Senate

Today in Liberty: Facebook CEO expressed NSA frustrations to Obama, CFOs say minimum wage hike would curb hiring

“The greater the power, the more dangerous the abuse.” — Edmund Burke

— Pen and Phone: In its latest executive action, the Obama administration has decided to reverse cuts to Obamacare’s cost-sharing subsidies that it previously said would be trimmed because of the Budget Control Act, better known as the sequester. “Last year, the Office of Management and Budget (OMB) said the subsidies would face a roughly 7 percent cut under sequestration,” The Hill reports. “Budget officials changed that in their latest report, removing the subsides from a list of programs the sequester will hit.” Presumably, the administration will have to cut elsewhere in the budget to make up for preserving these subsidies.

Lindsey Graham Defends His Rights, Forgets to Defend Yours

It has been a frustrating week for those of us who have been constantly sounding the alarm on the unconstitutionality of the NSA spying programs ever since Edward Snowden first released information regarding the data collection programs.

After Senate Intelligence Committee Chair Dianne Feinstein (D-CA) voiced concerns over reports regarding the Central Intelligence Agency’s access to committee staffers’ computers, Sen. Lindsey Graham (R-SC) told reporters that, if it’s true the CIA used surveillance techniques to spy on Congress, “heads should roll, people should go to jail.”

According to Graham, one of the leading proponents of the NSA’s spying programs that happen to gather data on millions of telephone and internet users in America and abroad, “the legislative branch should declare war on the CIA” if the accusations prove to be true.

He also used his on air time to claim that CIA’s supposed surveillance method and their use of it against Congress “is Richard Nixon stuff,” and also “dangerous to the democracy.” While Graham may believe that what is bad if done against Congress is quite all right if done against common Americans, most of us beg to differ, considering that the Fourth Amendment to the U.S. Constitution keeps government in check by barring the use of general warrants and protecting the individual’s right to privacy.

MI Senate: Democrat shakes up faltering campaign

Gary Peters

It’s no secret that Republicans are capitalizing on President Barack Obama’s unpopularity, but there aren’t many political observers who expected that Michigan, a purple-to-blue leaning state, would truly be in play in the 2014 mid-term election.

Though it’s far too early to say Republicans will pick up this seat, we’re now seeing early signs of panic from national Democrats. Rep. Gary Peters (D-MI) is hoping that a campaign shake up will breathe some new life into his faltering bid for Michigan’s open U.S. Senate seat:

With Michigan looming as a now key Senate race, Democratic Rep. Gary Peters, who is locked in a tight battle with Republican Terri Lynn Land, has replaced his campaign manager.

Paul Tencher, who ran now-Sen. Joe Donnelly’s winning campaign for the Democrats in Indiana last cycle, will take over as the head of Peters’s campaign operation. Tencher will replace Julie Petrick, who is stepping aside for personal reasons, Peters said in a statement.
[…]
Peters’s shake-up of his team comes in the wake of a fairly lackluster few months for his campaign.

Peters has been dogged by recent issue ads from Americans for Prosperity (AFP) featuring Julie Boonstra, a Michigan resident and cancer patient who lost her health plan because of Obamacare. Peters’ lawyers subsequently threatened television stations running the ad and went after Boonstra’s credibility.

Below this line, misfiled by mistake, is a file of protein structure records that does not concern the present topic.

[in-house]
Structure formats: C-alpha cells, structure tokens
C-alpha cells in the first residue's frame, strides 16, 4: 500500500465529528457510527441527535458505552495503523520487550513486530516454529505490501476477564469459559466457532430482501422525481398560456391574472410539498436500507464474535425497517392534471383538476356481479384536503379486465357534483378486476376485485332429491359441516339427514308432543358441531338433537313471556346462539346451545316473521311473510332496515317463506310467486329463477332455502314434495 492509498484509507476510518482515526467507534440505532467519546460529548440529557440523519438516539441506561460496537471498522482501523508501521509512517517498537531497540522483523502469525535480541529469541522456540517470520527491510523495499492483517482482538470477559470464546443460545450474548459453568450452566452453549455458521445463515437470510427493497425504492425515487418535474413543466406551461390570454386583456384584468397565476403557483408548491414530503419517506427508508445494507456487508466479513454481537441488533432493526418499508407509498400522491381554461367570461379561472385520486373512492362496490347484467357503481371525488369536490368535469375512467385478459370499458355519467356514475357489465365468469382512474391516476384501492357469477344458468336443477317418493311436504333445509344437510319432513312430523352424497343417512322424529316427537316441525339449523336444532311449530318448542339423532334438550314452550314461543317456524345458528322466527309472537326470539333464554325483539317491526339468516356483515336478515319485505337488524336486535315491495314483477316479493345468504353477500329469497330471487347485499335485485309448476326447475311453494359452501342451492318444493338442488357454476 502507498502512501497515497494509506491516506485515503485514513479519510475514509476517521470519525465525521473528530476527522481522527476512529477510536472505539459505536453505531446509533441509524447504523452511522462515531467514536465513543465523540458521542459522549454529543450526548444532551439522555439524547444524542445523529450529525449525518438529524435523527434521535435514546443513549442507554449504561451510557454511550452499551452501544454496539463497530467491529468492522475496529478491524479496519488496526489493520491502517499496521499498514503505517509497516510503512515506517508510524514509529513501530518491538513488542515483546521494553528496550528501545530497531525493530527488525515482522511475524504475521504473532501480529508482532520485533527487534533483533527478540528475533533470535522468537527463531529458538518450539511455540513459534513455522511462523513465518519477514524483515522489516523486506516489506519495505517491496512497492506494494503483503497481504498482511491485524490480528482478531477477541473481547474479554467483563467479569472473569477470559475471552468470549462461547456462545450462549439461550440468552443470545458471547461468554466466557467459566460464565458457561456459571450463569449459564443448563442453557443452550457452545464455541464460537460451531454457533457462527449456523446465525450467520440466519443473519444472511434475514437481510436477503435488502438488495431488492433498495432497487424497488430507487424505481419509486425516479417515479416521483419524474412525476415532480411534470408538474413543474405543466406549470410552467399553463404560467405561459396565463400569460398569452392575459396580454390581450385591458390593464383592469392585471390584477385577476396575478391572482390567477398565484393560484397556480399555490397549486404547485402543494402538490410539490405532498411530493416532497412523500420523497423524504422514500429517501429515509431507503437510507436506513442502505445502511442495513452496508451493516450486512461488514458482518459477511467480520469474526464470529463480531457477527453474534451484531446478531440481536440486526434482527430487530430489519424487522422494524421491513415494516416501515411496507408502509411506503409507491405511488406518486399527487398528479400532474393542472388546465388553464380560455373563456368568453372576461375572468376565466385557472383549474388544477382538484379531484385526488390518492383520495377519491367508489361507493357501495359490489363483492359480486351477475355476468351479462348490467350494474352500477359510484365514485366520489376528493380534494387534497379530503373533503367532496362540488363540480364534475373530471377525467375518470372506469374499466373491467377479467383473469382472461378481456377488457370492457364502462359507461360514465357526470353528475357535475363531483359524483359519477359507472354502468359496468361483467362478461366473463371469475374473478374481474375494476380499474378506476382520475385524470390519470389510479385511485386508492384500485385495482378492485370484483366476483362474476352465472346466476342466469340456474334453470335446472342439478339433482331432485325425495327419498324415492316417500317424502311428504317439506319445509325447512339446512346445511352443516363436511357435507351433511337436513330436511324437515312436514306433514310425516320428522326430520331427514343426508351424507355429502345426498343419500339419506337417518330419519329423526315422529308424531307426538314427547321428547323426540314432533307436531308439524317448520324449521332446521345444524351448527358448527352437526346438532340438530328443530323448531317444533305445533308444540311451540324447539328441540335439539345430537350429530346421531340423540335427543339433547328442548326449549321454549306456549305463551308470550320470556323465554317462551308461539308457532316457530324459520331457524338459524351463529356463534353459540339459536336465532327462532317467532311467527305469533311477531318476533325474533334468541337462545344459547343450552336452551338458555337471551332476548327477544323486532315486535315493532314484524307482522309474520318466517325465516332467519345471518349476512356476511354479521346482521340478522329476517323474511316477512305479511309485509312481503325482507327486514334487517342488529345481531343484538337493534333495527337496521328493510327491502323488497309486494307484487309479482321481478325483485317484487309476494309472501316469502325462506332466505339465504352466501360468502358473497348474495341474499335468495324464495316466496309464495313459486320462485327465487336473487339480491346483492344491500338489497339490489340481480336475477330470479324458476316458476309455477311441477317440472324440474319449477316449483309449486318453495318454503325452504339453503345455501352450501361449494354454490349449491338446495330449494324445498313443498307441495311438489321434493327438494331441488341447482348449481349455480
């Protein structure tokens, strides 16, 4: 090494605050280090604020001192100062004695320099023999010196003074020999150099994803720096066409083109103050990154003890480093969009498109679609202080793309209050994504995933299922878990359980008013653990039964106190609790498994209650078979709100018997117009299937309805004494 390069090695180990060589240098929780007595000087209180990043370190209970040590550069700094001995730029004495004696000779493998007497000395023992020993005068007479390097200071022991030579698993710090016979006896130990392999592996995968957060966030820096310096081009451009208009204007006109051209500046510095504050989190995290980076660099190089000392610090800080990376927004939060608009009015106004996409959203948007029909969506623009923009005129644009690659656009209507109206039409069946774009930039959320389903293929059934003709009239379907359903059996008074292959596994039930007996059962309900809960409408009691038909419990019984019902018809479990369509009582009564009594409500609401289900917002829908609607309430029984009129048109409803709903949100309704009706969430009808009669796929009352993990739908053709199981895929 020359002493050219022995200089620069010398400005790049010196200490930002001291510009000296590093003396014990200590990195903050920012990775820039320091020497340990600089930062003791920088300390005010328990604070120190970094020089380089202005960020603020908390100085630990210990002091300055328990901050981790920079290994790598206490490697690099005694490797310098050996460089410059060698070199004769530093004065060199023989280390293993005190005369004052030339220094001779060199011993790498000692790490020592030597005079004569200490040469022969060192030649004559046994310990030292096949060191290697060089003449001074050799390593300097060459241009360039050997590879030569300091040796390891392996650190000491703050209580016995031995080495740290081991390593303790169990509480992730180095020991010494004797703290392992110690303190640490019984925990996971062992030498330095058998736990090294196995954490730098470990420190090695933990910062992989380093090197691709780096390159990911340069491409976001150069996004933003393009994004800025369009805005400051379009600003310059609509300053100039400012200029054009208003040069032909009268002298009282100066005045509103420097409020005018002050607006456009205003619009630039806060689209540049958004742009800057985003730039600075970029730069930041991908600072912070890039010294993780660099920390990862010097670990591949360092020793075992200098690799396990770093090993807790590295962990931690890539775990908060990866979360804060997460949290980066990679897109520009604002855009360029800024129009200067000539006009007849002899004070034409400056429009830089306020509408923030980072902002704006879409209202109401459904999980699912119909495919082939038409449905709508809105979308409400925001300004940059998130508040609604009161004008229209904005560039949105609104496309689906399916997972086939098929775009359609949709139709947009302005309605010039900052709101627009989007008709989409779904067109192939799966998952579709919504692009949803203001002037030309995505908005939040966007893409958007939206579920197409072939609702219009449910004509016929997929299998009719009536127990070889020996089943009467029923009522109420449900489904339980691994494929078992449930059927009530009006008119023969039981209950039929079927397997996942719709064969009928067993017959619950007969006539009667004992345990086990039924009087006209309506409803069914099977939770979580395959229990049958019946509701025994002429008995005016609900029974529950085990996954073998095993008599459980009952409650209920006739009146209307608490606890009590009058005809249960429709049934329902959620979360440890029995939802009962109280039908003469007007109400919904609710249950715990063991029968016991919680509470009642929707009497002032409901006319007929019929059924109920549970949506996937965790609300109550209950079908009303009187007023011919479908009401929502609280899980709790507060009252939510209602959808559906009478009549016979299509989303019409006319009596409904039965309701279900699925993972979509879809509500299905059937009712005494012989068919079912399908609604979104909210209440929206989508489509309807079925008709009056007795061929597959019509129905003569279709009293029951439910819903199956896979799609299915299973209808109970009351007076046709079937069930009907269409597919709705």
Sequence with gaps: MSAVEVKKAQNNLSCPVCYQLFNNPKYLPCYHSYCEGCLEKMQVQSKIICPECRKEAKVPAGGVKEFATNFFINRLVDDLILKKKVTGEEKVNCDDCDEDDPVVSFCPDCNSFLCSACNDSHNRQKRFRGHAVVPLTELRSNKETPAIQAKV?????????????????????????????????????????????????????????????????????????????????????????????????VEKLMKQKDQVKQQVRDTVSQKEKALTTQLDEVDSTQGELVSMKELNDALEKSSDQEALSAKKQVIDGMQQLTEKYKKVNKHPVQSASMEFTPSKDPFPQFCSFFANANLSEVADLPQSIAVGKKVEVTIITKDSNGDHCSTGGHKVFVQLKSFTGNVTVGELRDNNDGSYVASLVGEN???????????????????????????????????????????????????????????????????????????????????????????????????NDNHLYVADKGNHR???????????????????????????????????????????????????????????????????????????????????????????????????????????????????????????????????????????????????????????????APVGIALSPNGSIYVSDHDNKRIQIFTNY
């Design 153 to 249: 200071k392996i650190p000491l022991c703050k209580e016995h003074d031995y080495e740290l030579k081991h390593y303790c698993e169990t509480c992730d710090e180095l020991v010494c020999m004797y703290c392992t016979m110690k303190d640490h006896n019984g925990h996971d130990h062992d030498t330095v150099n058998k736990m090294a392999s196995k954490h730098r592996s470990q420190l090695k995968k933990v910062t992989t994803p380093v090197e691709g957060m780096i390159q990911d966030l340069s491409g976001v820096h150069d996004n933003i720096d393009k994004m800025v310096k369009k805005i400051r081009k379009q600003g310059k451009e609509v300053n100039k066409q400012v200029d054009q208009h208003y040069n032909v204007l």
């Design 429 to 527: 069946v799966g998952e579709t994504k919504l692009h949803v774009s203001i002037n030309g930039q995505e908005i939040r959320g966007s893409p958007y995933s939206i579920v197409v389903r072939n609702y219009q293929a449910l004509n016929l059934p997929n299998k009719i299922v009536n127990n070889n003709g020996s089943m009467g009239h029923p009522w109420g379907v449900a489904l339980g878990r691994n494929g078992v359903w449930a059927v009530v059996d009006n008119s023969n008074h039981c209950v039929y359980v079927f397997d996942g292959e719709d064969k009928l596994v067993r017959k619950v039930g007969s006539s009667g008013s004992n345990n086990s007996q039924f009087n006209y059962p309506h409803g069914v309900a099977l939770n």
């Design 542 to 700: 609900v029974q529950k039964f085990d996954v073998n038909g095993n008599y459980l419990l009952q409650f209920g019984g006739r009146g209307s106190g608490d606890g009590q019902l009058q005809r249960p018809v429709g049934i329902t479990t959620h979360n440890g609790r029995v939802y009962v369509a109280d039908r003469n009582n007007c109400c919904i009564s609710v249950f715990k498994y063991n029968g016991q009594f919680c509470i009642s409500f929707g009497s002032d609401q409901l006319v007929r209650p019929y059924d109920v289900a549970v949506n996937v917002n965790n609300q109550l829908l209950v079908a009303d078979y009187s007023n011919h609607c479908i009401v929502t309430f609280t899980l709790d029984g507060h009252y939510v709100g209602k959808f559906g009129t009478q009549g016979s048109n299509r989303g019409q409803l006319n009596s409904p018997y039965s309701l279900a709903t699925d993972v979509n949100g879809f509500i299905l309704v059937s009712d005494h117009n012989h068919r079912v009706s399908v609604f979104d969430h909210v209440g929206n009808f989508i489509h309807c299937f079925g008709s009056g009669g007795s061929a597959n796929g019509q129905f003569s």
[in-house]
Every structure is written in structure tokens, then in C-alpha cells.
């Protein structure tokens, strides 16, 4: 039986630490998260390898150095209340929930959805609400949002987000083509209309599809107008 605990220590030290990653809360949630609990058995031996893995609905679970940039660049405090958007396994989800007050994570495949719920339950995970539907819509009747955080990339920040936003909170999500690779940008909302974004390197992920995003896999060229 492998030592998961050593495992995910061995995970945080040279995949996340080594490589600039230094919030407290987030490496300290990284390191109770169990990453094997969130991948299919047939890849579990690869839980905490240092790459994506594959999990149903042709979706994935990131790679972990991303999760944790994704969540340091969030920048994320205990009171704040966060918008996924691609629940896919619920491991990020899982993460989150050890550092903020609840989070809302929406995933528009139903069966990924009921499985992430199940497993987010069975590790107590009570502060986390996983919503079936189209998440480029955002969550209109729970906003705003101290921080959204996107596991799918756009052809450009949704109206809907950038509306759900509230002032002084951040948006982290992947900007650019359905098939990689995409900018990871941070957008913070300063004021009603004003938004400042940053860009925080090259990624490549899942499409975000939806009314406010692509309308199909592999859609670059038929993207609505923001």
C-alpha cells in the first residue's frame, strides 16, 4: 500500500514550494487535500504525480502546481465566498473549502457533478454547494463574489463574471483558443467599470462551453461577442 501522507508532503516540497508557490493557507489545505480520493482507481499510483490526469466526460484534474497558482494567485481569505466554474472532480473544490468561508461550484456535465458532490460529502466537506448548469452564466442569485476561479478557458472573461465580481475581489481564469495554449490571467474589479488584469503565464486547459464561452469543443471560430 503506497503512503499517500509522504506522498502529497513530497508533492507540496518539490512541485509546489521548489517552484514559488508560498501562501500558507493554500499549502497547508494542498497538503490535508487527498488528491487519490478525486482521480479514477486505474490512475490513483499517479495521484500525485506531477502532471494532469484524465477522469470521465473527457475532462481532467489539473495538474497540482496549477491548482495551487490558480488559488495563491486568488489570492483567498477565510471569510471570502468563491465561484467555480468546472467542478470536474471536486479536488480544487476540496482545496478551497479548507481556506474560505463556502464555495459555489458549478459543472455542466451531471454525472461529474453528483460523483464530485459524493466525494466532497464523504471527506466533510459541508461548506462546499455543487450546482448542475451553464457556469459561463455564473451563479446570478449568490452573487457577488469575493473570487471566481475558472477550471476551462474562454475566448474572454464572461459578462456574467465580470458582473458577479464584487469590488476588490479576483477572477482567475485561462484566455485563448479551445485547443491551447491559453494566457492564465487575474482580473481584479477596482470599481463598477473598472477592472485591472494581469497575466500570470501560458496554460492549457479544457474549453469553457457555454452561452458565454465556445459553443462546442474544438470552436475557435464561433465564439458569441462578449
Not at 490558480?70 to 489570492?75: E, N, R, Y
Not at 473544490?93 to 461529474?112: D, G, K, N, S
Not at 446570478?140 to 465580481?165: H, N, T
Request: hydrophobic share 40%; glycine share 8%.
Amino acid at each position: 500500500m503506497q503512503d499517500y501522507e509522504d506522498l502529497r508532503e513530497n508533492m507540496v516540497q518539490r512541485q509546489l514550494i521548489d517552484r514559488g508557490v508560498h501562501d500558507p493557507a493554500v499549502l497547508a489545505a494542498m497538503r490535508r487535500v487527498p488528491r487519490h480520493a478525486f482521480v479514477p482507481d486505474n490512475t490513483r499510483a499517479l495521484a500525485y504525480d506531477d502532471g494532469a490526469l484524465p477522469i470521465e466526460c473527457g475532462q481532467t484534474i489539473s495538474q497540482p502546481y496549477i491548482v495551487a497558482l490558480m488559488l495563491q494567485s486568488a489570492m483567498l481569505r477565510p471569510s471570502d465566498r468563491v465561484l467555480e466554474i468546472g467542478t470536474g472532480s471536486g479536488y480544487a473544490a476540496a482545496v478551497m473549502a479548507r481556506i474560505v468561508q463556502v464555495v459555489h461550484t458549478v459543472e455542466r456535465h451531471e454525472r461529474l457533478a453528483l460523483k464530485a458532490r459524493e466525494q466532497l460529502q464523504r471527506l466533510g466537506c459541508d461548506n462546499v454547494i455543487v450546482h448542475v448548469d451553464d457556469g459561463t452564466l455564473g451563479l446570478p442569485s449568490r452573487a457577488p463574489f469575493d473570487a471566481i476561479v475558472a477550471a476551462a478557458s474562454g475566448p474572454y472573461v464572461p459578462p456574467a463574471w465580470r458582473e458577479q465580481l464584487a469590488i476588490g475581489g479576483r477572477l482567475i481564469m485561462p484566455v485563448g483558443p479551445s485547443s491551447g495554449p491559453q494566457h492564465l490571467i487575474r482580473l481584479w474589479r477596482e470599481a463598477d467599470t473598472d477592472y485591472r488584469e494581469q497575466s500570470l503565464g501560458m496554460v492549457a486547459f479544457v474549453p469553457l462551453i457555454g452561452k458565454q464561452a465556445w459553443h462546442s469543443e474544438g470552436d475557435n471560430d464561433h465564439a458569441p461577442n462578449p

Rand Paul marks one-year anniversary of filibuster

See Video

Sen. Rand Paul (R-KY) has released a video marking the one-year anniversary of his 13-hour filibuster of CIA nominee John Brennan. Though it didn’t stop Brennan’s confirmation, it did raise awareness to the Obama administration’s drone strikes policy and, almost single-handedly, changed public opinion on the issue. You see our coverage of the filibuster here and here. You can also watch the filibuster, if you have 13 hours to spare, in full via C-SPAN.

Today in Liberty: Judge strikes down Virginia’s gay marriage ban, House Dems want vote on minimum wage

“Americans have the right and advantage of being armed – unlike the citizens of other countries whose governments are afraid to trust the people with arms.” — James Madison

— Bonus daily quote: “I’m calling this storm Snowbama because it frees people from having to work.” — David Boaz, executive vice president of the Cato Institute

— Federal court strikes down Virginia’s gay marriage ban: U.S. District Judge Arenda Wright Allen struck down Virginia’s constitutional amendment banning gay marriage in an opinion issued very late last night. Gay and lesbian individuals share the same capacity as heterosexual individuals to form, preserve and celebrate loving, intimate and lasting relationships,” Wright Allen wrote in the 41-page opinion. “Such relationships are created through the exercise of sacred, personal choices — choices, like the choices made by every other citizen, that must be free from unwarranted government interference.” The judge cited the Supreme Court’s decision in Loving v. Virginia, which struck down the Commonwealth’s ban on interracial marriage and determined that marriage is a fundamental right. Wright Allen stayed her decision, pending appeal in the Fourth Circuit Court of Appeals.

Jon Stewart blasts Obama’s corrupt diplomatic appointments

Jon Stewart on Obama's diplomatic appointees

Jon Stewart took aim at President Barack Obama’s diplomatic appointees in a segment on The Daily Show last night, mocking the White House for handing out ambassadorships to high-dollar campaign bundlers.

Stewart recalled his recent interview with House Minority Leader Nancy Pelosi (D-CA), in which she disputed the notion that money has corrupted Washington, though she said that Republicans are responsible for giving in to special interests.

“It’s good to know that Democrats are impervious to that, because it means that we don’t have to worry about things that Democrats are in charge of,” Stewart said. “For instance, the ambassadors appointed by our Democratic president. Surely he chooses them, then, on their merits.”

Stewart then cut away to footage of a couple of President Obama’s diplomatic nominees who, in Senate confirmation hearings, told senators that they had never visited the countries to which they’ve been appointed to represent American interests.